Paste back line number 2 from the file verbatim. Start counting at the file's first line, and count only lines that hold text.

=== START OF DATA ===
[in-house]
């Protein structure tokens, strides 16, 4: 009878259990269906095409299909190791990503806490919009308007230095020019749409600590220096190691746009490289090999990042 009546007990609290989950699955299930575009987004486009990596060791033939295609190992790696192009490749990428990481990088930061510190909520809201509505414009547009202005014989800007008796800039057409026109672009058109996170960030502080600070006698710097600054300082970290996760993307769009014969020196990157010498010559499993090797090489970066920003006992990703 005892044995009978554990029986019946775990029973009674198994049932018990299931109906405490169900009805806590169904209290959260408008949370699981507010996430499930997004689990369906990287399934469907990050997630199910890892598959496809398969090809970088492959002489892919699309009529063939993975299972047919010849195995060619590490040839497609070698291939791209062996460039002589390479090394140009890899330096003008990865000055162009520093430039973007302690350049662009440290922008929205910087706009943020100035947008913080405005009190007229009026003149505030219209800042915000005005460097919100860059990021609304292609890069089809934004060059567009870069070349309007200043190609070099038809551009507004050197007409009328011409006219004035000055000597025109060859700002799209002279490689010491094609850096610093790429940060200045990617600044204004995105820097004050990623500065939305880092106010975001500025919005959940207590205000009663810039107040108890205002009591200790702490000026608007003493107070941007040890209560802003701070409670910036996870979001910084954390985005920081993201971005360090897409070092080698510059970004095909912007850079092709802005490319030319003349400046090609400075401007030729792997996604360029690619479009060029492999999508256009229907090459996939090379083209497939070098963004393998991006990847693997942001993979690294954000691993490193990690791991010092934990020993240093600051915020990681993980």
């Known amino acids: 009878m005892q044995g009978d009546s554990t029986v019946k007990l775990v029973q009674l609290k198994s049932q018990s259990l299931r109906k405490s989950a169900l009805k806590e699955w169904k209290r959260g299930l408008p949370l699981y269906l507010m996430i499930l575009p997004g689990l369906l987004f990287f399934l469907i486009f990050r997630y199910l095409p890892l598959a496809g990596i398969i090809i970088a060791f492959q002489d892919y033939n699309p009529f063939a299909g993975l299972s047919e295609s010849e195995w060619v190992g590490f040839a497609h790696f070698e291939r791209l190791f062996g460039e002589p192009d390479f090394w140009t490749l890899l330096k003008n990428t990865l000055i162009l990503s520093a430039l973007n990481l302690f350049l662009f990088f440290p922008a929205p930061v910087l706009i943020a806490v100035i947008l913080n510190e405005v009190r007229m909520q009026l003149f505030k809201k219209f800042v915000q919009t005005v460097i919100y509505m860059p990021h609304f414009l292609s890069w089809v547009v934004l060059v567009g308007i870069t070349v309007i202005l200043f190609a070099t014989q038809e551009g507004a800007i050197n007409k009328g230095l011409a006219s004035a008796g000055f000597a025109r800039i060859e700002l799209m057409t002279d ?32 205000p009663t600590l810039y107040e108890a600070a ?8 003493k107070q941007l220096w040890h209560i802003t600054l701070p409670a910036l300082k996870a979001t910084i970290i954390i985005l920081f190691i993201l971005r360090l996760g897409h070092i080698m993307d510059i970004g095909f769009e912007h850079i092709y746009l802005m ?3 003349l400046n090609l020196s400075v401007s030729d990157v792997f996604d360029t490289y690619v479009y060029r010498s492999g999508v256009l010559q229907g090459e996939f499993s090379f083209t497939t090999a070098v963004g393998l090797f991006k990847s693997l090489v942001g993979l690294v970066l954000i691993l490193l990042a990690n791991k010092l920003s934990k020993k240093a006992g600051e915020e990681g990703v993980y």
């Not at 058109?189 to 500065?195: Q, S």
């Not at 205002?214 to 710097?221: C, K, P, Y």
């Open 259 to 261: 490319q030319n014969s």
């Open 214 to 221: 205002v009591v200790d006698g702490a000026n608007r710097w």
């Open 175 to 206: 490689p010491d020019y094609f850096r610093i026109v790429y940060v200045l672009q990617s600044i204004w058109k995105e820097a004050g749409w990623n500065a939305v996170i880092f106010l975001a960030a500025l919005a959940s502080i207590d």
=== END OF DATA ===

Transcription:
């Protein structure tokens, strides 16, 4: 009878259990269906095409299909190791990503806490919009308007230095020019749409600590220096190691746009490289090999990042 009546007990609290989950699955299930575009987004486009990596060791033939295609190992790696192009490749990428990481990088930061510190909520809201509505414009547009202005014989800007008796800039057409026109672009058109996170960030502080600070006698710097600054300082970290996760993307769009014969020196990157010498010559499993090797090489970066920003006992990703 005892044995009978554990029986019946775990029973009674198994049932018990299931109906405490169900009805806590169904209290959260408008949370699981507010996430499930997004689990369906990287399934469907990050997630199910890892598959496809398969090809970088492959002489892919699309009529063939993975299972047919010849195995060619590490040839497609070698291939791209062996460039002589390479090394140009890899330096003008990865000055162009520093430039973007302690350049662009440290922008929205910087706009943020100035947008913080405005009190007229009026003149505030219209800042915000005005460097919100860059990021609304292609890069089809934004060059567009870069070349309007200043190609070099038809551009507004050197007409009328011409006219004035000055000597025109060859700002799209002279490689010491094609850096610093790429940060200045990617600044204004995105820097004050990623500065939305880092106010975001500025919005959940207590205000009663810039107040108890205002009591200790702490000026608007003493107070941007040890209560802003701070409670910036996870979001910084954390985005920081993201971005360090897409070092080698510059970004095909912007850079092709802005490319030319003349400046090609400075401007030729792997996604360029690619479009060029492999999508256009229907090459996939090379083209497939070098963004393998991006990847693997942001993979690294954000691993490193990690791991010092934990020993240093600051915020990681993980």